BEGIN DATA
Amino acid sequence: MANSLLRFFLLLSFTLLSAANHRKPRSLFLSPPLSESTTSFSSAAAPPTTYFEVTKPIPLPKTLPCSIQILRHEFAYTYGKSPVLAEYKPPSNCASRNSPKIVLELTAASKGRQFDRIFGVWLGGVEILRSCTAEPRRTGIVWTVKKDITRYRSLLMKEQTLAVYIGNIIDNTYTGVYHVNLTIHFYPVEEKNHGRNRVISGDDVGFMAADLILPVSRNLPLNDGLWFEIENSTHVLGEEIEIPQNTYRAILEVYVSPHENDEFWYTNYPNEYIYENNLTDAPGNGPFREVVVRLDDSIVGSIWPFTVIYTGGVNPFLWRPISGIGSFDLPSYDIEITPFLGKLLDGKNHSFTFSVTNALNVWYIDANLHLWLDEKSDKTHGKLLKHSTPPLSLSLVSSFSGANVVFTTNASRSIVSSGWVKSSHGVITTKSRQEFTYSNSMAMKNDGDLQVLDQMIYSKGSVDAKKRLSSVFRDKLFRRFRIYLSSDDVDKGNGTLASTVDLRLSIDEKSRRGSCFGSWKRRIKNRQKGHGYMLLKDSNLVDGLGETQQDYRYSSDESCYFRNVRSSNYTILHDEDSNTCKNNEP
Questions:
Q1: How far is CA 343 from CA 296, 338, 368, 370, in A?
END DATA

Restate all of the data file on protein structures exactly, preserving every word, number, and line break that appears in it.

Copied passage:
Amino acid sequence: MANSLLRFFLLLSFTLLSAANHRKPRSLFLSPPLSESTTSFSSAAAPPTTYFEVTKPIPLPKTLPCSIQILRHEFAYTYGKSPVLAEYKPPSNCASRNSPKIVLELTAASKGRQFDRIFGVWLGGVEILRSCTAEPRRTGIVWTVKKDITRYRSLLMKEQTLAVYIGNIIDNTYTGVYHVNLTIHFYPVEEKNHGRNRVISGDDVGFMAADLILPVSRNLPLNDGLWFEIENSTHVLGEEIEIPQNTYRAILEVYVSPHENDEFWYTNYPNEYIYENNLTDAPGNGPFREVVVRLDDSIVGSIWPFTVIYTGGVNPFLWRPISGIGSFDLPSYDIEITPFLGKLLDGKNHSFTFSVTNALNVWYIDANLHLWLDEKSDKTHGKLLKHSTPPLSLSLVSSFSGANVVFTTNASRSIVSSGWVKSSHGVITTKSRQEFTYSNSMAMKNDGDLQVLDQMIYSKGSVDAKKRLSSVFRDKLFRRFRIYLSSDDVDKGNGTLASTVDLRLSIDEKSRRGSCFGSWKRRIKNRQKGHGYMLLKDSNLVDGLGETQQDYRYSSDESCYFRNVRSSNYTILHDEDSNTCKNNEP
Questions:
Q1: How far is CA 343 from CA 296, 338, 368, 370, in A?